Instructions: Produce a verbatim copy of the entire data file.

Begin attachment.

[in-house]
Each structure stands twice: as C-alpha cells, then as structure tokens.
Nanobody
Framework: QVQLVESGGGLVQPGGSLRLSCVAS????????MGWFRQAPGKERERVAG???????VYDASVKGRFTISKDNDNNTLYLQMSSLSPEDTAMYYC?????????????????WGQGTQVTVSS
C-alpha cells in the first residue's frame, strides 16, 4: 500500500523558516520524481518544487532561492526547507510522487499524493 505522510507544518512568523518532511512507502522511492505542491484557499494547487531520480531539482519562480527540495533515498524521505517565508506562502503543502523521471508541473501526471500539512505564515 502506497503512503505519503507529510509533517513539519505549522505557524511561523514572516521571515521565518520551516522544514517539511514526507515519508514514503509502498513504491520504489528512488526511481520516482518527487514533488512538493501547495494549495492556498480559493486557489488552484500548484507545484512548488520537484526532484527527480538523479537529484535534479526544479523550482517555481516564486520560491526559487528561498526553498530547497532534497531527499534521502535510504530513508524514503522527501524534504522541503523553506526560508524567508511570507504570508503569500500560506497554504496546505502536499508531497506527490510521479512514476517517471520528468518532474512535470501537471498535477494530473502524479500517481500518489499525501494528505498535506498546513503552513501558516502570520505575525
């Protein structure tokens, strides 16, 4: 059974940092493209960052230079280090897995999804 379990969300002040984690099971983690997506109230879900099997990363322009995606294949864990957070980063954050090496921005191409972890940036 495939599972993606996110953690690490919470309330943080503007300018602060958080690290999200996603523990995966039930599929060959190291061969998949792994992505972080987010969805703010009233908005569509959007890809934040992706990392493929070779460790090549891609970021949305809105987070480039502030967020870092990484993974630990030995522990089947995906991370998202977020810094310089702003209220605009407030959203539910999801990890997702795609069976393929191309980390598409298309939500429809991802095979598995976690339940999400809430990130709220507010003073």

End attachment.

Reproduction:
[in-house]
Each structure stands twice: as C-alpha cells, then as structure tokens.
Nanobody
Framework: QVQLVESGGGLVQPGGSLRLSCVAS????????MGWFRQAPGKERERVAG???????VYDASVKGRFTISKDNDNNTLYLQMSSLSPEDTAMYYC?????????????????WGQGTQVTVSS
C-alpha cells in the first residue's frame, strides 16, 4: 500500500523558516520524481518544487532561492526547507510522487499524493 505522510507544518512568523518532511512507502522511492505542491484557499494547487531520480531539482519562480527540495533515498524521505517565508506562502503543502523521471508541473501526471500539512505564515 502506497503512503505519503507529510509533517513539519505549522505557524511561523514572516521571515521565518520551516522544514517539511514526507515519508514514503509502498513504491520504489528512488526511481520516482518527487514533488512538493501547495494549495492556498480559493486557489488552484500548484507545484512548488520537484526532484527527480538523479537529484535534479526544479523550482517555481516564486520560491526559487528561498526553498530547497532534497531527499534521502535510504530513508524514503522527501524534504522541503523553506526560508524567508511570507504570508503569500500560506497554504496546505502536499508531497506527490510521479512514476517517471520528468518532474512535470501537471498535477494530473502524479500517481500518489499525501494528505498535506498546513503552513501558516502570520505575525
């Protein structure tokens, strides 16, 4: 059974940092493209960052230079280090897995999804 379990969300002040984690099971983690997506109230879900099997990363322009995606294949864990957070980063954050090496921005191409972890940036 495939599972993606996110953690690490919470309330943080503007300018602060958080690290999200996603523990995966039930599929060959190291061969998949792994992505972080987010969805703010009233908005569509959007890809934040992706990392493929070779460790090549891609970021949305809105987070480039502030967020870092990484993974630990030995522990089947995906991370998202977020810094310089702003209220605009407030959203539910999801990890997702795609069976393929191309980390598409298309939500429809991802095979598995976690339940999400809430990130709220507010003073």